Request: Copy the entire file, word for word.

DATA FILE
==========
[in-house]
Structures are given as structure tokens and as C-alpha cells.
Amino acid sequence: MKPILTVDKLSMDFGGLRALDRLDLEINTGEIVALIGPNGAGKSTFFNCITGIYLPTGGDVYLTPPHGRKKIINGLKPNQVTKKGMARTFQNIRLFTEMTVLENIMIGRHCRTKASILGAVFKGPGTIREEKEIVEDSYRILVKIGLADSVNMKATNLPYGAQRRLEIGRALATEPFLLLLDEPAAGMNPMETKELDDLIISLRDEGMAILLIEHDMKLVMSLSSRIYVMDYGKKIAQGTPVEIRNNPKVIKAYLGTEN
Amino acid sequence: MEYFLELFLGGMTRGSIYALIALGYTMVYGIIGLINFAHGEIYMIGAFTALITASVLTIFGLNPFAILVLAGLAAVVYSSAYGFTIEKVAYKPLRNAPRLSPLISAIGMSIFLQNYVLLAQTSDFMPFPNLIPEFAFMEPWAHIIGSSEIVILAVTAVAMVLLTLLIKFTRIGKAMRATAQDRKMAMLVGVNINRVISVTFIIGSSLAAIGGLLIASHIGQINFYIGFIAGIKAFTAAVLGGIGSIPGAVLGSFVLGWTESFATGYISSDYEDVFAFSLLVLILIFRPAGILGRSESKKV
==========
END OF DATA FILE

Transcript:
[in-house]
Structures are given as structure tokens and as C-alpha cells.
Amino acid sequence: MKPILTVDKLSMDFGGLRALDRLDLEINTGEIVALIGPNGAGKSTFFNCITGIYLPTGGDVYLTPPHGRKKIINGLKPNQVTKKGMARTFQNIRLFTEMTVLENIMIGRHCRTKASILGAVFKGPGTIREEKEIVEDSYRILVKIGLADSVNMKATNLPYGAQRRLEIGRALATEPFLLLLDEPAAGMNPMETKELDDLIISLRDEGMAILLIEHDMKLVMSLSSRIYVMDYGKKIAQGTPVEIRNNPKVIKAYLGTEN
Amino acid sequence: MEYFLELFLGGMTRGSIYALIALGYTMVYGIIGLINFAHGEIYMIGAFTALITASVLTIFGLNPFAILVLAGLAAVVYSSAYGFTIEKVAYKPLRNAPRLSPLISAIGMSIFLQNYVLLAQTSDFMPFPNLIPEFAFMEPWAHIIGSSEIVILAVTAVAMVLLTLLIKFTRIGKAMRATAQDRKMAMLVGVNINRVISVTFIIGSSLAAIGGLLIASHIGQINFYIGFIAGIKAFTAAVLGGIGSIPGAVLGSFVLGWTESFATGYISSDYEDVFAFSLLVLILIFRPAGILGRSESKKV